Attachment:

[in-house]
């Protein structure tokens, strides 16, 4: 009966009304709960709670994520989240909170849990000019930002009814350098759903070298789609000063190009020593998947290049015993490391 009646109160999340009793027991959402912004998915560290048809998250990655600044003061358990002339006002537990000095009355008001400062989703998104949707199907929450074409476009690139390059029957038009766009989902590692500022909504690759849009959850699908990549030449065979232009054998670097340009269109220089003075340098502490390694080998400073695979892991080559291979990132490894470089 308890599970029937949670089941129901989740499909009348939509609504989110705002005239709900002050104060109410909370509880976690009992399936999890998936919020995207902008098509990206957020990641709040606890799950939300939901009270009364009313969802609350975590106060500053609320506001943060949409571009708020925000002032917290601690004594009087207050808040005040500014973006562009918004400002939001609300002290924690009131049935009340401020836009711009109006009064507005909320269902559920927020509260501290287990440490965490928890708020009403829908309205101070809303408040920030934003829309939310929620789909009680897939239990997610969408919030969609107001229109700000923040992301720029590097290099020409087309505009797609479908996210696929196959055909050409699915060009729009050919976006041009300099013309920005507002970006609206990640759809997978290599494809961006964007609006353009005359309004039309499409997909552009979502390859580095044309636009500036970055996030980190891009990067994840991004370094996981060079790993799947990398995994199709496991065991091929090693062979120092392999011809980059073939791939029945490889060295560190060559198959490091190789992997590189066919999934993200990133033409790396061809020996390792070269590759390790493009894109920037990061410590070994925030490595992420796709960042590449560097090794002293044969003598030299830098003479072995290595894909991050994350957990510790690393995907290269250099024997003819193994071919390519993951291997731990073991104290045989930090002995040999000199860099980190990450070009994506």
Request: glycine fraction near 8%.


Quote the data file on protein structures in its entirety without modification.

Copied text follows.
[in-house]
């Protein structure tokens, strides 16, 4: 009966009304709960709670994520989240909170849990000019930002009814350098759903070298789609000063190009020593998947290049015993490391 009646109160999340009793027991959402912004998915560290048809998250990655600044003061358990002339006002537990000095009355008001400062989703998104949707199907929450074409476009690139390059029957038009766009989902590692500022909504690759849009959850699908990549030449065979232009054998670097340009269109220089003075340098502490390694080998400073695979892991080559291979990132490894470089 308890599970029937949670089941129901989740499909009348939509609504989110705002005239709900002050104060109410909370509880976690009992399936999890998936919020995207902008098509990206957020990641709040606890799950939300939901009270009364009313969802609350975590106060500053609320506001943060949409571009708020925000002032917290601690004594009087207050808040005040500014973006562009918004400002939001609300002290924690009131049935009340401020836009711009109006009064507005909320269902559920927020509260501290287990440490965490928890708020009403829908309205101070809303408040920030934003829309939310929620789909009680897939239990997610969408919030969609107001229109700000923040992301720029590097290099020409087309505009797609479908996210696929196959055909050409699915060009729009050919976006041009300099013309920005507002970006609206990640759809997978290599494809961006964007609006353009005359309004039309499409997909552009979502390859580095044309636009500036970055996030980190891009990067994840991004370094996981060079790993799947990398995994199709496991065991091929090693062979120092392999011809980059073939791939029945490889060295560190060559198959490091190789992997590189066919999934993200990133033409790396061809020996390792070269590759390790493009894109920037990061410590070994925030490595992420796709960042590449560097090794002293044969003598030299830098003479072995290595894909991050994350957990510790690393995907290269250099024997003819193994071919390519993951291997731990073991104290045989930090002995040999000199860099980190990450070009994506």
Request: glycine fraction near 8%.